This is a very ambitious goal. The strategy of instructive communication does this through the coordinated investment of enormous social energies in the never-ending process of the careful mapping and marking of those points in experience, and those ways of speaking, which the different speakers within the community may, more or less reliably, count on in the process: “when I use this word, imagine a thing of this type (not that)”; “when I use this word together with this one, imagine this type of experiential relationship (not that)”; “when I arrange the words in my sentence this way, imagine you look at the whole experience from this type of perspective (not that)”; and so on. It is precisely in this sense that language is a technology: each of its components has to be built before it can be used.

Language is thus the only system that allows for communication that actually bridges the experiential gaps between speakers – through the systematic instruction of imagination. In doing that, it opens new venues for human communication, sociality and cognition that would otherwise remain closed. This is the secret of its success. As speakers, we seem to implicitly know that, because this is how we value our linguistic exchanges. Other things being equal, the more your words force me to imagine - the more communicatively valuable they would be for me (provided that I manage to meet the challenge). Listening to sports on the radio, we need as much play-by-play description as we can get, and radio sportscasters are often virtuoso speakers; on television, where we visually experience the game by ourselves, it would be a horrible nuisance. This is so not just for assertives, but for all speech acts: I can use language to order you to do something you have already experienced doing, but the communicative value of language really shows itself when I order you to do something you have never done before, when you have to imagine what you need to do before you can do it.

Many other animals seem to be able to imagine at a basic level. As Michael Corballis and others have shown, they are capable of mental time travel, the internal re-experiencing of past events and situations. What is unique about human imagination is exactly the fact that it is creative: we can re-arrange and intersect our past experiences to produce imagined experiences that go far beyond what we have actually experienced. As Eva Jablonka, Simona Ginsburg and I show in collaborative work on the evolution of language, the emergence and further evolution of language as a collectively-constructed technology must have been the main driving engine behind the evolutionary emergence of creative imagination. Every advancement in the technology required more imagination; every new imagined experience required further technological development. The more dependent human society became on the technology of language, the more individuals in it were selected for their imaginative capacities. With time, society itself came to acquire imagined properties in and of itself. There is a straight line here from the very origins of language all the way to Benedict Anderson’s imagined communities.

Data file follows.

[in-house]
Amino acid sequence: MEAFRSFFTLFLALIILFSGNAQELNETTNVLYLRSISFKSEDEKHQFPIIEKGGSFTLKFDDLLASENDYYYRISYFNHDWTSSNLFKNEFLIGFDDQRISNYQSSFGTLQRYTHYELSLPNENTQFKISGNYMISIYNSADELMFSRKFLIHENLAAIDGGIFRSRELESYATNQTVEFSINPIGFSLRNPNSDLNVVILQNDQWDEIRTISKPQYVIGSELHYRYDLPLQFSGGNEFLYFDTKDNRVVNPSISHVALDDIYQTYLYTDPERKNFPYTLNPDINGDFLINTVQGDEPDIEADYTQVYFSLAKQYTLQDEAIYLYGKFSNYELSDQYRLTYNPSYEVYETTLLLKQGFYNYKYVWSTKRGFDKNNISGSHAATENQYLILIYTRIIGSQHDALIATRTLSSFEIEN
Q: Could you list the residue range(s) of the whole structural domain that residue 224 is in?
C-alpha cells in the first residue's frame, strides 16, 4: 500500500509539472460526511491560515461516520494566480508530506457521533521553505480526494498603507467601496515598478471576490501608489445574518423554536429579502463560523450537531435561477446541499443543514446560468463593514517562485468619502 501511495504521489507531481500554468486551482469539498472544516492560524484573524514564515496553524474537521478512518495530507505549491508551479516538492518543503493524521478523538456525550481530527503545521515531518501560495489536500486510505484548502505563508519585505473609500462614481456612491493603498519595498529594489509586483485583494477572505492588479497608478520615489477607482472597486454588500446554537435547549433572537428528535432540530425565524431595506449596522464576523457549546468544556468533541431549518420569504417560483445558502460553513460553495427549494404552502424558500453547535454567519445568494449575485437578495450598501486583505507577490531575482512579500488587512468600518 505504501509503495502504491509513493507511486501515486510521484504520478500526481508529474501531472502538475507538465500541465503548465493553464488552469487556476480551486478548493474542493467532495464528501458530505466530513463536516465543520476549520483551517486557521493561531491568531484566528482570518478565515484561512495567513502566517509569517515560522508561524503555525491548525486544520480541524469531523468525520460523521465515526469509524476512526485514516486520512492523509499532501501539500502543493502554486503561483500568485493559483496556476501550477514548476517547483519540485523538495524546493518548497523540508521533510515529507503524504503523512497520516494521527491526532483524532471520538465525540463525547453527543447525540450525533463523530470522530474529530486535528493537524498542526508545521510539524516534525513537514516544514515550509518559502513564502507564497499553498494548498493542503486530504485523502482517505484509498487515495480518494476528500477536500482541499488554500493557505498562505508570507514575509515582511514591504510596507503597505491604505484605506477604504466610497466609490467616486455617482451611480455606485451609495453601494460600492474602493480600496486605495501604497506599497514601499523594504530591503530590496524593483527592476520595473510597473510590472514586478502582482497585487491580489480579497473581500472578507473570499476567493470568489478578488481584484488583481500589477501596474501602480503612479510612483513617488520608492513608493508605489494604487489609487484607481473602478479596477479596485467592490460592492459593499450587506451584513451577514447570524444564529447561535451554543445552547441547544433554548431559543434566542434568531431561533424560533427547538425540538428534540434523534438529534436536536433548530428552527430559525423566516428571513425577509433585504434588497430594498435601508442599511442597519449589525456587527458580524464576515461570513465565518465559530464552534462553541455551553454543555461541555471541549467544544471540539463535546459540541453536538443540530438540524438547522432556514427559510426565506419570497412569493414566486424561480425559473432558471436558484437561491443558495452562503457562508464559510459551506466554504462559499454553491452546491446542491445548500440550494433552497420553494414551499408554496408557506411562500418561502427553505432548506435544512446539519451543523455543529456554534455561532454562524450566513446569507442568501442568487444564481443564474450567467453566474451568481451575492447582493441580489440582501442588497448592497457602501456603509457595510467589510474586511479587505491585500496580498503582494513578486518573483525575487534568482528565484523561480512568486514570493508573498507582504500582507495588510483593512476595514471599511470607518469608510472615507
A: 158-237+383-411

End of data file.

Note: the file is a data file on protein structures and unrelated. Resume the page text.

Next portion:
I will not be able to delve here into the details of this process, but I will conclude with two remarks that I think would be of interest. First, all linguistic communication requires an effort of the imagination on the side of the interlocutors, but as far as the speakers are concerned, we may distinguish between two types of situations. In the first situation, speakers simply communicate their own experiences: they do not have to imagine the contents of their messages (they do have to imagine in order to assess their interlocutors’ knowledge and attitude, but this is another matter). In the second situation, speakers actually imagine the content of their messages (or some parts of them). They do that whenever they say something that isn’t completely based on their real experiences. This may be done with no intention to deceive, as in fiction (see Brian Boyd’s recent work on the evolution of stories), but its use for lying, linguistic deception, is its true foundation. Lying must have been the original function of language that required a serious effort of imagining-for-speaking. In experiential communication, interlocutors can verify the message in real time. As the literature on animal deception shows very clearly, this is why complex experiential deception is very hard to perform. The very fact that language requires the interlocutors to imagine the message means that it also deprives them of the ability to verify. It thus opens totally new venues for deception, and these are all based on the speaker’s ability to creatively imagine-for-speaking. Lying is such a strong tool of deception that it actually revolutionized human social relationships, and constituted a new regime of epistemic suspicion, in which liars and lie-detectors engaged in constant battle. As both sides of the lying arms race consistently improved their performance along evolutionary time, the selection pressure for better imagination remained constant throughout. We would not be as imaginative as we are if it weren't for the lie.

Second, the claim that human creative imagination is developmentally connected with language, both phylogenetically and ontogenetically (pretend-games are especially important here), doesn’t mean that the activation of imagination in real time is always linguistically-based. But in linguistic communication, everything that we imagine is based on the socially-constructed worldview of the meanings of language. The effort of free imagination, in art and elsewhere, is thus always an effort to free the mind from the social constraints encoded in language.


Dor, Daniel (2015). The Instruction of Imagination: Language as a Social Communication Technology. OUP.